ROSWELL, N.M. — In a giant leap from more than 24 miles up, a daredevil skydiver shattered the sound barrier Sunday while making the highest jump ever — a tumbling, death-defying plunge from a balloon to a safe landing in the New Mexico desert.
Felix Baumgartner hit Mach 1.24, or 833.9 mph, according to preliminary data, and became the first man to reach supersonic speed without traveling in a jet or a spacecraft after hopping out of a capsule that had reached an altitude of 128,100 feet above the Earth.
Landing on his feet in the desert, the man known as "Fearless Felix" lifted his arms in victory to the cheers of jubilant onlookers and friends.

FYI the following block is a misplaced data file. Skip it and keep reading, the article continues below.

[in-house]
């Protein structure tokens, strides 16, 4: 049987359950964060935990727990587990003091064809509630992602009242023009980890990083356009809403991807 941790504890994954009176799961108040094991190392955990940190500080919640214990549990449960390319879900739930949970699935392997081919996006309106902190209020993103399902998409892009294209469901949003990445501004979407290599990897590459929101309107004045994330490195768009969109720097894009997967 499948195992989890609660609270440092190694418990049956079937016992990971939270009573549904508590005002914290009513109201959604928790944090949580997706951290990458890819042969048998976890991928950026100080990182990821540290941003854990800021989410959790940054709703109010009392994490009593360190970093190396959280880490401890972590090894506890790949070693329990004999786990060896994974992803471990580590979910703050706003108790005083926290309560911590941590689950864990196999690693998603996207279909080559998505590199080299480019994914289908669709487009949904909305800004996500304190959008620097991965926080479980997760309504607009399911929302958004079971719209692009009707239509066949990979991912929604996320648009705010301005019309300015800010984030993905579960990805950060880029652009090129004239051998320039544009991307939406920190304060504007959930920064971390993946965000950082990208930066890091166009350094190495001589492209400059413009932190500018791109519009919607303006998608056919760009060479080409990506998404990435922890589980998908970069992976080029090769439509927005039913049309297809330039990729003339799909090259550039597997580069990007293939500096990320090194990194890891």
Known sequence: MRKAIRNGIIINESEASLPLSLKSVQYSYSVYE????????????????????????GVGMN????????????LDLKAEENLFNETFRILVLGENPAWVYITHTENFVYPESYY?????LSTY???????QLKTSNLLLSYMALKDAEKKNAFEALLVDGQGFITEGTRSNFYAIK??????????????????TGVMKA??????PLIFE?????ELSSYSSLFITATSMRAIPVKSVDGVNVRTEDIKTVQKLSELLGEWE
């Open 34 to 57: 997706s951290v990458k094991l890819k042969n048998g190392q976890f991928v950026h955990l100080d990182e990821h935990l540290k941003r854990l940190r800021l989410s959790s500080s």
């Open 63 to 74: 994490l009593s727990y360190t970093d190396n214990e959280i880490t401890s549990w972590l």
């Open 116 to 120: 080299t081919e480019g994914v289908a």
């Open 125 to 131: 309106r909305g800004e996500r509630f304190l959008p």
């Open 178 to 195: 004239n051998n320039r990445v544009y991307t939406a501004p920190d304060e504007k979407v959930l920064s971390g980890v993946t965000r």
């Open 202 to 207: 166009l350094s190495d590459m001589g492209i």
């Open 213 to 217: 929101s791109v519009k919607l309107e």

"When I was standing there on top of the world, you become so humble, you do not think about breaking records anymore, you do not think about gaining scientific data," he said after the jump. "The only thing you want is to come back alive."
A worldwide audience watched live on the Internet via cameras mounted on his capsule as Baumgartner, wearing a pressurized suit, stood in the doorway of his capsule, gave a thumbs-up and leapt into the stratosphere.